Exchange mailbox recovery adds new items to the information store where the recovered users' mailboxes are homed....
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This generates logs that take up space equal to the amount of mail that you restore.
In a database availability group (DAG) configuration, the logs replicate to all servers with a copy of its mailbox's database, therefore consuming space here as well.
Try to preserve the logs. With limited space, perform a backup after moving the mailboxes to truncate the logs. This means that if the mailboxes are large, each Exchange mailbox must be recovered one at a time. If your recovery database is on the same drive as your production database or logs, find an alternate storage location for it.
If the Exchange mailbox recovery is time sensitive, consider enabling circular logging on the target database(s). You need to know which databases users are on. Enable circular logging on each database to which you will restore data.
The Set-MailboxDatabase DBName -CircularLoggingEnabled $True cmdlet enables circular logging. Dismount and then remount the database(s) for the change to take effect for standalone databases (JET circular logging). If you have multiple database copies in a DAG, then this will enable the continuous replication circular logging. In a DAG, you do not need to dismount and mount the database -- the change takes place dynamically.
Circular logging does not disable transaction logging, but it will prevent the logs from growing until they overwrite older log files and fill up your hard drive. This is also common when migrating a large number of mailboxes to new servers and/or databases.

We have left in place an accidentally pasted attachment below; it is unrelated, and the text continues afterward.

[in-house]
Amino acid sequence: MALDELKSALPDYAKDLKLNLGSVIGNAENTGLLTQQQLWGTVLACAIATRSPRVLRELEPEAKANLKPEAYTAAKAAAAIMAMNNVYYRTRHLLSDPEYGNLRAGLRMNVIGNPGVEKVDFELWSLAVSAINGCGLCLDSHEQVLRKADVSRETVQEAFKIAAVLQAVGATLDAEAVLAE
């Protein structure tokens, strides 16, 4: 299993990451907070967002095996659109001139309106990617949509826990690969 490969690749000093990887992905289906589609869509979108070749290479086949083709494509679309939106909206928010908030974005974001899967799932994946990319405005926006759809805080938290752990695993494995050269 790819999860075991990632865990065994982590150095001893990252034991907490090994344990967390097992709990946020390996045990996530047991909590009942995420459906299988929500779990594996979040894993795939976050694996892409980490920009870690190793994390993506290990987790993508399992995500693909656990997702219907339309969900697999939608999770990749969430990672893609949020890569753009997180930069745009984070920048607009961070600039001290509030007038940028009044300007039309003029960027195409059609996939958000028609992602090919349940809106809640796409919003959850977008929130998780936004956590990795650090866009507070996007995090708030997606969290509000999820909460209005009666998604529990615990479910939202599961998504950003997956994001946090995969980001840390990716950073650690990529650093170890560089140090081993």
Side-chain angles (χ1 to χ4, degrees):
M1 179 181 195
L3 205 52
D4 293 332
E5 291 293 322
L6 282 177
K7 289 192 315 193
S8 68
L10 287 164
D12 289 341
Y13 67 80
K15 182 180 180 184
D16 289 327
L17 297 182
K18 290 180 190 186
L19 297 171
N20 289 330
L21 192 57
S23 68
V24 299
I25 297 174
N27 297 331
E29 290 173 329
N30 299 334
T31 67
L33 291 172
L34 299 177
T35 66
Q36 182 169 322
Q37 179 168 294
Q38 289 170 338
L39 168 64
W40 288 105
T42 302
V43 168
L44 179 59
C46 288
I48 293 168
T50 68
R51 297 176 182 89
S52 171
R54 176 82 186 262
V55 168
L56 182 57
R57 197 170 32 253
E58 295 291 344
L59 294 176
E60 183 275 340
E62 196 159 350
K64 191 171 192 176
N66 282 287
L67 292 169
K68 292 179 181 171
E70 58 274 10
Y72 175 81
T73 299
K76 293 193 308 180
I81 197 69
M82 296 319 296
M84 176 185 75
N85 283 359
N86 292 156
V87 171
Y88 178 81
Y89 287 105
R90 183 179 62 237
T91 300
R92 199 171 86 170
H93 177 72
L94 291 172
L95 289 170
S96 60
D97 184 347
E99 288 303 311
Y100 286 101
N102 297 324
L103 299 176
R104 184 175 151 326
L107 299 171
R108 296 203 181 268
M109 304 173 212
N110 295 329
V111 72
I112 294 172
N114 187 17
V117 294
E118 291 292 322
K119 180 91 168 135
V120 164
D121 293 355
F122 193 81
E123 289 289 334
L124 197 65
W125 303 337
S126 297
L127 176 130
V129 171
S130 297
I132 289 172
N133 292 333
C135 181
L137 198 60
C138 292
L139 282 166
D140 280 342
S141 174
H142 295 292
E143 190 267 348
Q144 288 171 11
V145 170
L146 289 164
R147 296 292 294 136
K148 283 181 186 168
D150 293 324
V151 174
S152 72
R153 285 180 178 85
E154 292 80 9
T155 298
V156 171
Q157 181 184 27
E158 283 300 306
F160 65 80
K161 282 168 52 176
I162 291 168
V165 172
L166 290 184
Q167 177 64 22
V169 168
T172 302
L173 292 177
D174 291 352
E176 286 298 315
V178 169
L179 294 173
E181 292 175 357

Long term, look at ways of regaining or adding free space to the drives. For optimal file system performance, production drives should not exceed 80% capacity. When extending storage, consider including additional space to recover your largest mailbox database.
The downside is that all data committed to the database, not just the recovered Exchange mailboxes, uses circular logging. This setting creates risk for your mailboxes. You will not be able to replay your logs in the event of a system failure. Circular logging may also disrupt backup procedures if you use incremental or differential backups that depend on transaction logs. If not carefully addressed, it could render your ongoing backups unusable for recovery. Disable circular logging if you no longer need it -- after the restore is complete.
About the author:
Richard Luckett is a consultant and instructor specializing in messaging and unified communications. He's been a certified professional with Microsoft since 1996 and has 20 years of experience in the public and private sectors. Luckett is a Microsoft Certified Trainer with more than 15 years of training experience with the Microsoft product line and received the Exchange MVP award in 2006, 2007 and 2008. He's also an expert in deploying and integrating Exchange Server and Lync Server. He leads the Microsoft training and consulting practice at LITSG.
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